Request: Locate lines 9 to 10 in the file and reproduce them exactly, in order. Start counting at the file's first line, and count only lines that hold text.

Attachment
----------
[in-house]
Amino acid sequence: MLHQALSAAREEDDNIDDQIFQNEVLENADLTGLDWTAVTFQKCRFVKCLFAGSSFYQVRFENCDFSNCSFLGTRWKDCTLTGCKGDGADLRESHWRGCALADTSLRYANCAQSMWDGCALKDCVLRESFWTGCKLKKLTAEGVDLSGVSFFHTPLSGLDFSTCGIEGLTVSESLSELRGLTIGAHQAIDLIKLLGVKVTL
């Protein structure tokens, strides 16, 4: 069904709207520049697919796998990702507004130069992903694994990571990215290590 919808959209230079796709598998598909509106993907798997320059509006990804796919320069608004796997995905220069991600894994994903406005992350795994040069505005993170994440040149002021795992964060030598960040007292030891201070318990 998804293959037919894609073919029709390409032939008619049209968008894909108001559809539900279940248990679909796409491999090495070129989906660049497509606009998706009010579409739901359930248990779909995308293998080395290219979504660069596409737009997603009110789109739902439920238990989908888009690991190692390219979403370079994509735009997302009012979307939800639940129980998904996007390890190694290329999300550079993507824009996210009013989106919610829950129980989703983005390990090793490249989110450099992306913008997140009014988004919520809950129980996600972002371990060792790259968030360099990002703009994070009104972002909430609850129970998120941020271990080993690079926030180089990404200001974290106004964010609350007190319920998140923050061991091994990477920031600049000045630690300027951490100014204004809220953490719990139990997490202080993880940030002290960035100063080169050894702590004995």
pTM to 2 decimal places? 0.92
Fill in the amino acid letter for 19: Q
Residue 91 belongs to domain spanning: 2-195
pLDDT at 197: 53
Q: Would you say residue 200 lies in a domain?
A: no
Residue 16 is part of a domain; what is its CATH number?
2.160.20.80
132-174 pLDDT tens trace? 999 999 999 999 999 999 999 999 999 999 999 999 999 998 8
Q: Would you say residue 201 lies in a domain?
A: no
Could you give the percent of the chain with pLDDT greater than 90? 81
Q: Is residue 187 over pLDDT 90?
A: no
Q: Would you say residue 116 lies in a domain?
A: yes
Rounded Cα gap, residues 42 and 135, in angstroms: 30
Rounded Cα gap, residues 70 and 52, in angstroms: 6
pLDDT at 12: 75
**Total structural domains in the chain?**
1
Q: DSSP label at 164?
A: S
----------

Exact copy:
A: no
Residue 16 is part of a domain; what is its CATH number?